Description: Challenge to the Bull Trout Recovery Plan approved by the U.S. Fish and Wildlife Service in 2015.
Save the Bull Trout v. Williams
Filing Date Type File Action Taken Summary 09/28/2022 Opinion Download Judgment for defendants affirmed on claim preclusion grounds. Ninth Circuit Said Environmental Groups Could Not Bring New Challenge to Bull Trout Recovery Plan. The Ninth Circuit Court of Appeals held that the doctrine of claim preclusion barred environmental groups from challenging the U.S. Fish and Wildlife Service’s 2015 Bull Trout Recovery Plan in the District of Montana. The Ninth Circuit found that the plaintiffs “must bear the consequences of their strategic choices” in earlier litigation in the District of Oregon, where they initially decided not to amend their complaint to fix jurisdictional deficiencies identified by the district court and instead unsuccessfully appealed, after which they filed an unsuccessful motion to amend. The plaintiffs in the District of Oregon litigation, joined by one additional plaintiff, then filed a new lawsuit in the District of Montana to challenge the recovery plan for failing to incorporate recovery criteria that satisfied Endangered Species Act requirements. The groups’ complaint alleged that climate change would reduce bull trout habitat and stress existing populations. The Ninth Circuit noted that both the claim identity and privity elements of claim preclusion were met and further found that there was a final judgment in the District of Oregon.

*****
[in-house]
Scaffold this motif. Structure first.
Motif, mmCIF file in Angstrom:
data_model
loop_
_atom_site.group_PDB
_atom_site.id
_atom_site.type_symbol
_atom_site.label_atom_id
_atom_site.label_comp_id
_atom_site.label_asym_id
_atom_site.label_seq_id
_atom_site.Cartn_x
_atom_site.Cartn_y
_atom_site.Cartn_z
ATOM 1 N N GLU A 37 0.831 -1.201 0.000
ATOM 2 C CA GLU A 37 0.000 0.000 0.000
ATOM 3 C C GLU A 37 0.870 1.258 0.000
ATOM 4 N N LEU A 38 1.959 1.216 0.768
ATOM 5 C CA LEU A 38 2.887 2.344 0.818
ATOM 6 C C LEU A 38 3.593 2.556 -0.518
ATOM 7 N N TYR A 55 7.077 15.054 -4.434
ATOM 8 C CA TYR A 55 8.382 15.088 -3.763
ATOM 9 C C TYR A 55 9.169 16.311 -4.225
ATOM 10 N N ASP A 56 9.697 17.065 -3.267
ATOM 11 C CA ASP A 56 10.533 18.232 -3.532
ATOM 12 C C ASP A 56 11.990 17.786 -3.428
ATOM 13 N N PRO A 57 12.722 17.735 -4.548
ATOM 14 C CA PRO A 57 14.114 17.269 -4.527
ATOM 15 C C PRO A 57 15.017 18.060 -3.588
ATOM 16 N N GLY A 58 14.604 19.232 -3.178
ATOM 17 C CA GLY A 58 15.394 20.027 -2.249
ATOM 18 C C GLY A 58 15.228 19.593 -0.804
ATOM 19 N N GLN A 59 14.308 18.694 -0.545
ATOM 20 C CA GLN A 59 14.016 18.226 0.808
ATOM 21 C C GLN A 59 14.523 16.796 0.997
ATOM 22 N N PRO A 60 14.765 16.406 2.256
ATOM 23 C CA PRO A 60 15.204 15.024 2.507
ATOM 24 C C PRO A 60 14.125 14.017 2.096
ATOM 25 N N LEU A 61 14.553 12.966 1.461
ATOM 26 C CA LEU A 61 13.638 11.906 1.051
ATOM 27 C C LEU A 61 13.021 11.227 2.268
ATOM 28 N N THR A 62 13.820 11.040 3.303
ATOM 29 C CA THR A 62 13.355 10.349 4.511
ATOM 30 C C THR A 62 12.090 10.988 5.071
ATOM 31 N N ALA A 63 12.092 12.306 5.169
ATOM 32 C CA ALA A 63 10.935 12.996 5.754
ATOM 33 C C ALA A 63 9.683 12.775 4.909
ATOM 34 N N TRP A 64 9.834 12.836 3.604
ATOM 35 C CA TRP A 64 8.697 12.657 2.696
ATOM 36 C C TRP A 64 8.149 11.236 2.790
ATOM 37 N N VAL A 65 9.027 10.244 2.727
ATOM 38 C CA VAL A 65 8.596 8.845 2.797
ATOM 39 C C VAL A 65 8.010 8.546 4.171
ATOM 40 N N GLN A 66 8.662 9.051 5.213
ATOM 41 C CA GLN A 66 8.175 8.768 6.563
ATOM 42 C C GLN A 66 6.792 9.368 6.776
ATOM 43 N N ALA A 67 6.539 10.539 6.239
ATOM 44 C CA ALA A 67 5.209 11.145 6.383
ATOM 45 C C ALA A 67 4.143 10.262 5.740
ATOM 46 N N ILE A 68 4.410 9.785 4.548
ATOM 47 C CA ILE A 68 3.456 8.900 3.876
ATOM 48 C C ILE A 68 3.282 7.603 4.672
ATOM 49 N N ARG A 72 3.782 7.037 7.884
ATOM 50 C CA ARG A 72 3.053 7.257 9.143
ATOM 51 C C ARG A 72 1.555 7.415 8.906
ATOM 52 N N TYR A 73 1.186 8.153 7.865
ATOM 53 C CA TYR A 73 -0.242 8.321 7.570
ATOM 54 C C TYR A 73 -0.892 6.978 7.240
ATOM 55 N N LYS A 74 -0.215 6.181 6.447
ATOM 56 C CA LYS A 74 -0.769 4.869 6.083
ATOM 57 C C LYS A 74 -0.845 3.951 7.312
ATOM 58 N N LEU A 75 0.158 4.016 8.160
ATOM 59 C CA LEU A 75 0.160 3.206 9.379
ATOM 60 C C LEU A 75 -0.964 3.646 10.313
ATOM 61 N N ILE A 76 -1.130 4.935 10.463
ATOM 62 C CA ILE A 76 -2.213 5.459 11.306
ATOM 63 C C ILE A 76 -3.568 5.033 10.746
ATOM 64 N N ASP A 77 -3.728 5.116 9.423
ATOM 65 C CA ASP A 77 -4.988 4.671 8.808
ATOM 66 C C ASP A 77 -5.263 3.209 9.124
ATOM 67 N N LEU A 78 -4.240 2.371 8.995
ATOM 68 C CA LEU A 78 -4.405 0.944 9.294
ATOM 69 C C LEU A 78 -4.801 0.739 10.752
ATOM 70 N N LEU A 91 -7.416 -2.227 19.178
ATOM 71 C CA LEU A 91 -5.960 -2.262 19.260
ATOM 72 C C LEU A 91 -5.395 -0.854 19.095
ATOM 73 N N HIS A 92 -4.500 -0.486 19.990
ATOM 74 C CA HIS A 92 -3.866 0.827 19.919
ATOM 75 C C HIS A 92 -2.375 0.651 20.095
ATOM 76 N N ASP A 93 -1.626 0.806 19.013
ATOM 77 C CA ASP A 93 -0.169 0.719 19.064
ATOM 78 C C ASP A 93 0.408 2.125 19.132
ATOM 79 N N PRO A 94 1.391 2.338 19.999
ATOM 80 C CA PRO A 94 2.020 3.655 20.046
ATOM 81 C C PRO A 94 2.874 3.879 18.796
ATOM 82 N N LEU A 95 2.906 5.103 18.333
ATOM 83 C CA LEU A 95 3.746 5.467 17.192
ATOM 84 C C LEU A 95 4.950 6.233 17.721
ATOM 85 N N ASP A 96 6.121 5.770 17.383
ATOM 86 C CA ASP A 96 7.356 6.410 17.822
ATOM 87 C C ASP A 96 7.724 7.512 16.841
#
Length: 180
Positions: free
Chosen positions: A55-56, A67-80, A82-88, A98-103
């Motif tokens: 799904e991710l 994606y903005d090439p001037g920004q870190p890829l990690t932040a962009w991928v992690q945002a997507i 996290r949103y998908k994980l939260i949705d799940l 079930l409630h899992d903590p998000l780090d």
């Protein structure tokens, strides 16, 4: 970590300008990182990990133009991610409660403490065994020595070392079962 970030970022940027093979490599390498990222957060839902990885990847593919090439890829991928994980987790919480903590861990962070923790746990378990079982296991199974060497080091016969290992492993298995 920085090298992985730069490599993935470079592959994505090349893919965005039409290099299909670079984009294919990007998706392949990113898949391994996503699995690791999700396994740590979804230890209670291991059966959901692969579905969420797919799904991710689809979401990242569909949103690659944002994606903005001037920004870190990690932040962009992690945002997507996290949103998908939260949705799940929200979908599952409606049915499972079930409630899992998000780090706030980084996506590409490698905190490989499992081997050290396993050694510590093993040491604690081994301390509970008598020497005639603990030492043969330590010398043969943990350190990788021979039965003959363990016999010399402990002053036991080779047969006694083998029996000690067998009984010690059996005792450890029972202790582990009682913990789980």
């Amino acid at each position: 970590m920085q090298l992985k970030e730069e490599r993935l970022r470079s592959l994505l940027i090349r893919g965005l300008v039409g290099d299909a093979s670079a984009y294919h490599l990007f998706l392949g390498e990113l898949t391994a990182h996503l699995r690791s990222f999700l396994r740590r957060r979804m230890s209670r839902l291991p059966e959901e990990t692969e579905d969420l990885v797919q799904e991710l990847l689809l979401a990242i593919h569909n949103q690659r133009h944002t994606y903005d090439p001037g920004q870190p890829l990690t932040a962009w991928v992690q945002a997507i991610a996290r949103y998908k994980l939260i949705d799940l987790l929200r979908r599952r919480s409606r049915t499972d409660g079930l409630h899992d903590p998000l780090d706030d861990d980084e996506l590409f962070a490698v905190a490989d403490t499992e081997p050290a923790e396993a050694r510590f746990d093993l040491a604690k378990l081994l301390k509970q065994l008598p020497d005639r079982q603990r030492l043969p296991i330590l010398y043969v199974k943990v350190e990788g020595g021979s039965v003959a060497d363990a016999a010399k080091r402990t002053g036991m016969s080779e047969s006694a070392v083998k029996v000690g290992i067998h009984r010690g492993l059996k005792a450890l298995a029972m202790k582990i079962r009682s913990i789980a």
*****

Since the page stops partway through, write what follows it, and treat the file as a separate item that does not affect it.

Save the Bull Trout v. Everson
Filing Date Type File Action Taken Summary 11/18/2019 Complaint Download Complaint filed. Conservation Groups Launched New Challenge to Bull Trout Recovery Plan. Three conservation groups filed a lawsuit in the federal district court for the District of Montana to challenge the Bull Trout Recovery Plan approved by the U.S. Fish and Wildlife Service in 2015. The plaintiffs previously challenged the plan in the District of Oregon, which dismissed the case without prejudice. The Ninth Circuit affirmed the dismissal, and in July 2019, the district court in Oregon denied a motion to amend the complaint but left open the possibility that the plaintiffs could file a new complaint. In the District of Montana complaint, the plaintiffs asserted that the recovery plan failed to incorporate objective and measurable recovery criteria and failed to incorporate recovery criteria that addressed Endangered Species Act delisting factors. The complaint alleged that “[c]limate change has, and will continue to affect bull trout habitat,” with changes including “warmer air and water temperatures and reduced stream flows” that “will reduce available bull trout habitat, stress existing populations and allow more heat tolerant non-native species to out-compete bull trout.”